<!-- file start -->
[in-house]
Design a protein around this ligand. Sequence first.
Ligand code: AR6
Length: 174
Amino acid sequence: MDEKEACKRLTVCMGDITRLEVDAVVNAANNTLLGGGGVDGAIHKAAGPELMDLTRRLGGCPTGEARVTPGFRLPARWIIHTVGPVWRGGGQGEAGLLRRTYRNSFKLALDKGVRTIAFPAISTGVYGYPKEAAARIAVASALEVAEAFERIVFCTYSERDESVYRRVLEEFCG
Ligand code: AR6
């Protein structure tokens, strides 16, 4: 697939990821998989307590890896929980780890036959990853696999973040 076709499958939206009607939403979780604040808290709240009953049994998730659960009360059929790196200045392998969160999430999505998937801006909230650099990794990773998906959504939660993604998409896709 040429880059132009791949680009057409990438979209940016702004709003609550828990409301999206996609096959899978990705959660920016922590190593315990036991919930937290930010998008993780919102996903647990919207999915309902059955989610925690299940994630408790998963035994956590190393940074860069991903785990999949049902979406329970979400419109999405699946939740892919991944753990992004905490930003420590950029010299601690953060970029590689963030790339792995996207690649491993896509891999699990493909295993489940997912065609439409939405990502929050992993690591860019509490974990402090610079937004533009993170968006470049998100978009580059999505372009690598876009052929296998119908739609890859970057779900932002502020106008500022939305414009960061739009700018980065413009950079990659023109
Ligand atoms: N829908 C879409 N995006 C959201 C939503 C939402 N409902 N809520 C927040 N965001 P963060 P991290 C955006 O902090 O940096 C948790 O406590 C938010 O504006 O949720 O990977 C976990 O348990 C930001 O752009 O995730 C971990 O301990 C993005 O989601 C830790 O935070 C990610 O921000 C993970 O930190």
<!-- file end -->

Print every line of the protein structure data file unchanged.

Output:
[in-house]
Design a protein around this ligand. Sequence first.
Ligand code: AR6
Length: 174
Amino acid sequence: MDEKEACKRLTVCMGDITRLEVDAVVNAANNTLLGGGGVDGAIHKAAGPELMDLTRRLGGCPTGEARVTPGFRLPARWIIHTVGPVWRGGGQGEAGLLRRTYRNSFKLALDKGVRTIAFPAISTGVYGYPKEAAARIAVASALEVAEAFERIVFCTYSERDESVYRRVLEEFCG
Ligand code: AR6
């Protein structure tokens, strides 16, 4: 697939990821998989307590890896929980780890036959990853696999973040 076709499958939206009607939403979780604040808290709240009953049994998730659960009360059929790196200045392998969160999430999505998937801006909230650099990794990773998906959504939660993604998409896709 040429880059132009791949680009057409990438979209940016702004709003609550828990409301999206996609096959899978990705959660920016922590190593315990036991919930937290930010998008993780919102996903647990919207999915309902059955989610925690299940994630408790998963035994956590190393940074860069991903785990999949049902979406329970979400419109999405699946939740892919991944753990992004905490930003420590950029010299601690953060970029590689963030790339792995996207690649491993896509891999699990493909295993489940997912065609439409939405990502929050992993690591860019509490974990402090610079937004533009993170968006470049998100978009580059999505372009690598876009052929296998119908739609890859970057779900932002502020106008500022939305414009960061739009700018980065413009950079990659023109
Ligand atoms: N829908 C879409 N995006 C959201 C939503 C939402 N409902 N809520 C927040 N965001 P963060 P991290 C955006 O902090 O940096 C948790 O406590 C938010 O504006 O949720 O990977 C976990 O348990 C930001 O752009 O995730 C971990 O301990 C993005 O989601 C830790 O935070 C990610 O921000 C993970 O930190």